I talked to Uwe every few weeks or so, for decades.   Whenever something happened in the world that upset me or I just could not wrap my head around, I would call him up and ask him how he felt about it. He had a calming influence on me. I do remember him remarking on what a bad sign it was that so few members of the incoming administration of George W. Bush had passports, and that they could do a lot of harm without knowing it. That was a prescient forecast. The only time I can remember in 35 years where Uwe boiled over into outraged, white hot anger was over the War in Iraq, which he felt put his son, a Marine captain, at needless risk. His son was nearly killed by an IED on a subsequent tour of Afghanistan.

I remember Uwe saying once that our colleagues in health policy weren’t going to learn so much by travelling abroad, but that they would return perhaps feeling really lucky about how much talent and resources they had to work with. Our job, he said to me more than once, was to “keep them honest”. He never lost his moral compass, but also never mounted a high horse about it. Despite its manifest flaws, he loved his adopted country. It is VERY hard to imagine this world, and this field, without Uwe in it.

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3 replies »

  1. Thanks Jeff for this poignant piece. Uwe was indeed one-of-a-kind and the humor he infused into the rather dry subjects of health insurance and health policy kept many of us chugging along amid the chaos and more than occasional disappointment.

    Uwe’s last published paper–as far as I know—was in JAMA on Nov 2. It was a commentary on a proposed scheme (from Zeke Emmanuel and others, to measure “affordability” in healthcare. Herewith the entire text:

    “Among the much-repeated words woven into the US debate on national health policy are “affordability” and “sustainability.” Indeed, this debate is not confined to the United States. Remarkably, no one knows what these words actually mean at the practical level. Is there any economist or other expert, for example, who could be sure what percentage of the gross domestic product (GDP) the United States can “afford” to spend on health care, or what level of spending on Medicare is “sustainable”?
    To illustrate, according to the latest report from the Boards of Trustees of the Federal Hospital Insurance and Federal Supplementary Medical Insurance Trust Funds, spending on the federal Medicare program currently is 3.6% of a GDP per capita of about $58 000. That leaves $55 912 of non-Medicare GDP for all other spending. The trustees project that by 2050, Medicare will account for 6% of GDP. Assuming a low future rate of growth of only 1% per year for real GDP per capita, spending on Medicare will be 6% of a projected inflation-adjusted GDP per capita of $80 544 (with the 6% spending leaving the contemporaries living in 2050 a non-Medicare GDP per capita of $75 500). That amount is 35% higher than non-Medicare GDP per capita today. So will a spending level of 6% of GDP per capita in 2050 be affordable? Is Medicare sustainable?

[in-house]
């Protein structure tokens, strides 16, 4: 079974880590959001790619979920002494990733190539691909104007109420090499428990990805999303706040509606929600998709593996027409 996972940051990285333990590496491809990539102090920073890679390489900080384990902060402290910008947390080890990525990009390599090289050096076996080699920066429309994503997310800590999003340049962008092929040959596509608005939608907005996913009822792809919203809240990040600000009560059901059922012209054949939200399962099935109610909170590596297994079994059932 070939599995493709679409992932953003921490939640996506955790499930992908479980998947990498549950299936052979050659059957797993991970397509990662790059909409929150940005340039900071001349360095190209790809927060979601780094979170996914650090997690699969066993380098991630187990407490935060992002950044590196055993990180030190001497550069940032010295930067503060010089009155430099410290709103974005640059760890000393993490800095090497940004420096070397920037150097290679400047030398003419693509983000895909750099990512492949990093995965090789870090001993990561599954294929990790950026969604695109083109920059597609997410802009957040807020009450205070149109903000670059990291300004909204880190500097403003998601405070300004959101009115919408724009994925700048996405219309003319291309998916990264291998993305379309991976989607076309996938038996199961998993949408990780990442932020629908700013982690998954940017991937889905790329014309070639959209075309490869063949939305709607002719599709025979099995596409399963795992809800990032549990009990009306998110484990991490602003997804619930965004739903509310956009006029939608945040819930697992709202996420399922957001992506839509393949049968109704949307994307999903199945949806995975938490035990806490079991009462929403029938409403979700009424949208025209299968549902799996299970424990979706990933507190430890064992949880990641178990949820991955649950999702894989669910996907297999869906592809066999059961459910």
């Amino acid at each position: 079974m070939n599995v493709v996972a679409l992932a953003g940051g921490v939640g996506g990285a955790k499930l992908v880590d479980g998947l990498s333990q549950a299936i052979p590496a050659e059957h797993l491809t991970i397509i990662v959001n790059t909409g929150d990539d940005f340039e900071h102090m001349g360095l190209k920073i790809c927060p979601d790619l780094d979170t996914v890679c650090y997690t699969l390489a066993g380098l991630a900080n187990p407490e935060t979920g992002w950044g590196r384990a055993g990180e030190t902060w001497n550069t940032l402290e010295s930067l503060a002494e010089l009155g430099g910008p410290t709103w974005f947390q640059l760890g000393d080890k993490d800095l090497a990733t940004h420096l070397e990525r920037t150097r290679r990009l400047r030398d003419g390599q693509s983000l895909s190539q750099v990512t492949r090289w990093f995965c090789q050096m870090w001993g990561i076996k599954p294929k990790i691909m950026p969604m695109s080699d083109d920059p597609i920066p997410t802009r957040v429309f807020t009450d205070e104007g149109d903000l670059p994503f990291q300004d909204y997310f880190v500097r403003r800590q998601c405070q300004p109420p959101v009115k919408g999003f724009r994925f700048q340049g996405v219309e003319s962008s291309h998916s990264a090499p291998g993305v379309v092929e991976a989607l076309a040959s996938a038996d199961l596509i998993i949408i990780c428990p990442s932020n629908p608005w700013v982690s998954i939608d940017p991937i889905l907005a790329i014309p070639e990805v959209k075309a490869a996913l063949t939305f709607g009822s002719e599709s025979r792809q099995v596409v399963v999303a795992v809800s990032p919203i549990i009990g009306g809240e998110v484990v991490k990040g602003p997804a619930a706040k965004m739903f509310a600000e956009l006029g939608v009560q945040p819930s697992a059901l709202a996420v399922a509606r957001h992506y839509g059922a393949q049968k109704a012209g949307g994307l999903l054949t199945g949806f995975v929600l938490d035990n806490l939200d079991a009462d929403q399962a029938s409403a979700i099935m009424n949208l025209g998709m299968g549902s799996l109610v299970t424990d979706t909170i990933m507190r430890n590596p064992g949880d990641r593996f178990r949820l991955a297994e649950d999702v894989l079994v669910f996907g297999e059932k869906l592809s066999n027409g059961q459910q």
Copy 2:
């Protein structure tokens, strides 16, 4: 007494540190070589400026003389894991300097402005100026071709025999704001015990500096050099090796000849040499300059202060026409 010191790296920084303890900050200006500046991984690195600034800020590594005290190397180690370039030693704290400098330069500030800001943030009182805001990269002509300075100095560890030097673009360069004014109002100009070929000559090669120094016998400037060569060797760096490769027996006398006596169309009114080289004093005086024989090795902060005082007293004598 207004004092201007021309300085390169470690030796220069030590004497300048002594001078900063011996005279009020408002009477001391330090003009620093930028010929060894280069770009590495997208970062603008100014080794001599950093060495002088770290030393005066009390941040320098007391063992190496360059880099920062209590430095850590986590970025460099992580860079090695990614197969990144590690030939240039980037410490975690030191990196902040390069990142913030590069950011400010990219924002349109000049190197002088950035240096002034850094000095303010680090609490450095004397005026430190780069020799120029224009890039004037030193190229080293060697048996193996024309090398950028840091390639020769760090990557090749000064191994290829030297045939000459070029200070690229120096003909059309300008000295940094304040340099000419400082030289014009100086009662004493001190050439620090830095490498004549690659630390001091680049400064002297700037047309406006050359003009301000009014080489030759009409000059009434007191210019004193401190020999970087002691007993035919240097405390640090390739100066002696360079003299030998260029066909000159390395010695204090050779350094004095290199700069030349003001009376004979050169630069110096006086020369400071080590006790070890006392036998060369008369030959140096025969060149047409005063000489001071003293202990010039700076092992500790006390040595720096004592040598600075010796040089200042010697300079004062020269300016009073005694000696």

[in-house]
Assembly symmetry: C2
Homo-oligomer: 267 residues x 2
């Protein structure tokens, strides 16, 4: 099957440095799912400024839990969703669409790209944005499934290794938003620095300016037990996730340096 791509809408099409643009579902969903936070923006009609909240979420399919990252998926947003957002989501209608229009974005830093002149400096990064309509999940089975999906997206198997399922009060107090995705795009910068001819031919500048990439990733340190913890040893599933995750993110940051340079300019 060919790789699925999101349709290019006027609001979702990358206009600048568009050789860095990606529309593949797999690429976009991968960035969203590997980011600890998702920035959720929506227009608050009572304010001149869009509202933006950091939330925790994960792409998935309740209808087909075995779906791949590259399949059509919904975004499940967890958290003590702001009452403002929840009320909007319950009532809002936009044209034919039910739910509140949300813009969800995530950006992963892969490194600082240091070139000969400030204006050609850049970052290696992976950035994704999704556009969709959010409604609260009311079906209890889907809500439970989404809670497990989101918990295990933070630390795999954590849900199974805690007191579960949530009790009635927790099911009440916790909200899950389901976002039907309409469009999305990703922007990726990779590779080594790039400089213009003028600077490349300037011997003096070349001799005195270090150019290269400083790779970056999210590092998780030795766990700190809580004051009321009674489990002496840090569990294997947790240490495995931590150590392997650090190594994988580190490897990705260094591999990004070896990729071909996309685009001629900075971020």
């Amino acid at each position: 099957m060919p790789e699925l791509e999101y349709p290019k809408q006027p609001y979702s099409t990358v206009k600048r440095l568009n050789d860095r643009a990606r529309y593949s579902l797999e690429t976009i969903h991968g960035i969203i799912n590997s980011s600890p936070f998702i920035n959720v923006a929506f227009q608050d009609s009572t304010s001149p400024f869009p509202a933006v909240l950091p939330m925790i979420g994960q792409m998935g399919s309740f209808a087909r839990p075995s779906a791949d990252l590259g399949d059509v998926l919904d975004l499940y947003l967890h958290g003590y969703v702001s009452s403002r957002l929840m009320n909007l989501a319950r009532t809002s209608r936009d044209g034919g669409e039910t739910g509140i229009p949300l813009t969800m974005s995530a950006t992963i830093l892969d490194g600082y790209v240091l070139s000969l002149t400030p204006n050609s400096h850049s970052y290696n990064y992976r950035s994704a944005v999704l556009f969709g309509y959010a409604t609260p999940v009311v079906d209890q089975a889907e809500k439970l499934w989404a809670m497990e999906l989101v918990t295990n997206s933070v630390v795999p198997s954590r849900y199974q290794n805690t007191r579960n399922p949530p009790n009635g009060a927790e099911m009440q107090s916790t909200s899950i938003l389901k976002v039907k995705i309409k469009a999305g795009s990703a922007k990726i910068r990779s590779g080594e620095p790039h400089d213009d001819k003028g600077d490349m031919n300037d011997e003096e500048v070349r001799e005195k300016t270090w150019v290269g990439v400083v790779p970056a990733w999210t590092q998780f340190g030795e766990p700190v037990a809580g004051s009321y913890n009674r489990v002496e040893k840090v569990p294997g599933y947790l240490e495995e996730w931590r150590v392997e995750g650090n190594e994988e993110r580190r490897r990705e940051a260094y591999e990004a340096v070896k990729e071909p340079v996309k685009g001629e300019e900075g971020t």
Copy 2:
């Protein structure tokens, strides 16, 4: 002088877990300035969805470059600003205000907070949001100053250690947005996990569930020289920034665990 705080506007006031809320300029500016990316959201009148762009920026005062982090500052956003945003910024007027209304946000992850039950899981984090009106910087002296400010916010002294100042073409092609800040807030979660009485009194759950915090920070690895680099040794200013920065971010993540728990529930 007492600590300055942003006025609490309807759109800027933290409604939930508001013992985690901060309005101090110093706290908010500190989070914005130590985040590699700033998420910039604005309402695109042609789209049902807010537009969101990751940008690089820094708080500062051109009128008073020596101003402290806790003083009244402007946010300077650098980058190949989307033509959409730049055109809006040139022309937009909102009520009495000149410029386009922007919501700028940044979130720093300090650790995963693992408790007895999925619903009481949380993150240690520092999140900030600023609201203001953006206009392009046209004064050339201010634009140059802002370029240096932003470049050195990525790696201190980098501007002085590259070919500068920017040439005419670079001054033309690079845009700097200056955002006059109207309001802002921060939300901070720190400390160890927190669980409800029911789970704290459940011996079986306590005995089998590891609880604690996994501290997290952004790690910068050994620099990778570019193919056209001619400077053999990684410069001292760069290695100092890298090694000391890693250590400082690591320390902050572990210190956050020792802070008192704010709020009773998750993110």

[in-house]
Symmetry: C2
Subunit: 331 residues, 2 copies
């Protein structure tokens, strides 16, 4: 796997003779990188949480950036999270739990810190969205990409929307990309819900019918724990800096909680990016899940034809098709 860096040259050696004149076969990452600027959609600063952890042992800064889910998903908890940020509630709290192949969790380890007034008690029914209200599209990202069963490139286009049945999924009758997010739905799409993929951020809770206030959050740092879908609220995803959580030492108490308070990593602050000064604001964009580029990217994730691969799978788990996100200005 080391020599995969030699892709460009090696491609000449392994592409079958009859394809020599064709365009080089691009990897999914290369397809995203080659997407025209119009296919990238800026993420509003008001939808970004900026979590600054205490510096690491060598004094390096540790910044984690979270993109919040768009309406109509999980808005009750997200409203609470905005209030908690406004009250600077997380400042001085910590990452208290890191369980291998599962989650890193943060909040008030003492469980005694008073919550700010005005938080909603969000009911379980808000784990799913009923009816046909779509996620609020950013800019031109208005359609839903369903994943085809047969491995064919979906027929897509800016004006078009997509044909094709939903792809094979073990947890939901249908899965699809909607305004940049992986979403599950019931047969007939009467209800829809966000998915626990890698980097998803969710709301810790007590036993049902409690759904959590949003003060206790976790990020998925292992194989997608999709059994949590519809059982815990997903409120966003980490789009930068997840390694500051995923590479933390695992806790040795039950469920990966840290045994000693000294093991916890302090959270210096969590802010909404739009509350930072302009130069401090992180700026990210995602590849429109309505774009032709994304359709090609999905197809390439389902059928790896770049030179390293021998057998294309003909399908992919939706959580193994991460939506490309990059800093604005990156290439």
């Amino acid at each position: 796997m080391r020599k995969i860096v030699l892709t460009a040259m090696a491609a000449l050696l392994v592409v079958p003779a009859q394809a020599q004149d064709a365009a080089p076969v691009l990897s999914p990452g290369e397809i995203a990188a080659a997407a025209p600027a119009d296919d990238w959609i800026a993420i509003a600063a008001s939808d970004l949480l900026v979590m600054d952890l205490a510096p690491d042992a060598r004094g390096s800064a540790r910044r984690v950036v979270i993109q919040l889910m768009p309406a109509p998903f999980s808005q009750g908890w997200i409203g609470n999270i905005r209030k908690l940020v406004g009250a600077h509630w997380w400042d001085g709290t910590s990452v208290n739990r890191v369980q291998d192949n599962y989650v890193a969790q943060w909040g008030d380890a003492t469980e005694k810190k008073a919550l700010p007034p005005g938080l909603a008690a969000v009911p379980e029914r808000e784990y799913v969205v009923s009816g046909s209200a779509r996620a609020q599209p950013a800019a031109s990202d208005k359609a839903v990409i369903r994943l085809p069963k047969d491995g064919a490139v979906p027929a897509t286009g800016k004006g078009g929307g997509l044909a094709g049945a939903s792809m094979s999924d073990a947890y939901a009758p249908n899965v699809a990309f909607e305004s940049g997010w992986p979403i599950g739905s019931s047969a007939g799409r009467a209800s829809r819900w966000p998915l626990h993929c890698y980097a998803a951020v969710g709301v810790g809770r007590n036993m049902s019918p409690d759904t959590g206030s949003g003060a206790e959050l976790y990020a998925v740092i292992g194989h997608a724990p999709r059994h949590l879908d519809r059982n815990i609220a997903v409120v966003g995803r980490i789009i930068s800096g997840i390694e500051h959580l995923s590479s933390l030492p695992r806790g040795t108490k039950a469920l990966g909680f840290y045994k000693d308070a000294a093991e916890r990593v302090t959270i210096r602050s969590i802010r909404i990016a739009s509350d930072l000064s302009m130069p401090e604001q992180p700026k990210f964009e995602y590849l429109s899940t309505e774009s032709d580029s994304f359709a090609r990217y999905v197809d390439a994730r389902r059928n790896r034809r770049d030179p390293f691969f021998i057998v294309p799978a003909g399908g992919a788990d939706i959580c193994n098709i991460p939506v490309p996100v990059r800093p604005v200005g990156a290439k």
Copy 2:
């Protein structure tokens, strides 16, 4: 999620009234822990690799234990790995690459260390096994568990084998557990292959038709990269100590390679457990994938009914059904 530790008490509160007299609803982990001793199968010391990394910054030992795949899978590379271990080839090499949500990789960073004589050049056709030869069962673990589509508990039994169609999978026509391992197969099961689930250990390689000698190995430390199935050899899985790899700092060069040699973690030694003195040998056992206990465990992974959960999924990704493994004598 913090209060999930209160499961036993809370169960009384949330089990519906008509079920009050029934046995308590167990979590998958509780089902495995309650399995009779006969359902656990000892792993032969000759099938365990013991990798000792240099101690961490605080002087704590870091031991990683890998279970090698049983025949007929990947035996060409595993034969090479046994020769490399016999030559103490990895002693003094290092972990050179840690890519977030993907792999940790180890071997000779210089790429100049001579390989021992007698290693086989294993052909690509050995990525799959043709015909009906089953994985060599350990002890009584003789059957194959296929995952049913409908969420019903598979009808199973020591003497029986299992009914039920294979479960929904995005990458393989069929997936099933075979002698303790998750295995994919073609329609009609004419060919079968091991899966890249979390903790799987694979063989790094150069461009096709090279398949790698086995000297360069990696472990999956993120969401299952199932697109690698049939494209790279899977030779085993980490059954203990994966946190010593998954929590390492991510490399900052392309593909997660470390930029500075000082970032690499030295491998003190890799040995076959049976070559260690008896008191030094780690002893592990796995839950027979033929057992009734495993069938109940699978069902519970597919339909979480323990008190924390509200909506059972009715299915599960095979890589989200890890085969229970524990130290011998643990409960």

Undaunted by these definitional difficulties, in this issue of JAMA, Emanuel and colleagues, propose a new Affordability Index defined as “dividing the mean cost of employer-sponsored family health insurance by median household income.” Household income in this calculation represents household income from any source minus all taxes paid by households plus transfer payments, such as Social Security payments received by households.
    As the authors note, the data for this index are readily available from income surveys regularly published by the US Census Bureau. The numerators are from the annual surveys of employer-sponsored insurance (ESI) conducted by the Kaiser Family Foundation. The denominators are from annual surveys of household income published by the US Census Bureau.
    This proposed new index is closely related to information already routinely made available by the Kaiser Family Foundation surveys. That information is reported in a graph that presents, in index form, the time path over the past several decades of (1) total ESI premiums, including the employers’ and the employees’ contributions to that premium; (2) the premium contributions made by employees; (3) a wage index; and (4) an index of general price inflation measured by the Consumer Price Index. That graphical display conveys a good sense of the changing burden health insurance premiums impose on household income.
    The proposed Affordability Index also is closely related to the Milliman Medical Index (MMI), which is based on a large data bank of ESI-covered US families. The data bank is maintained by the employer-benefit consulting firm Milliman. The MMI shows, in dollars, the total cost of health care for a typical US family of 4 covered by a Preferred Provider Health Insurance Plan under ESI. Total costs in the index include the employee’s direct contribution toward his or her family’s insurance coverage, plus the family’s out-of-pocket health spending. In 2017, the estimated total cost is $26 944, of which employers paid $15 259 and employees, $11 685.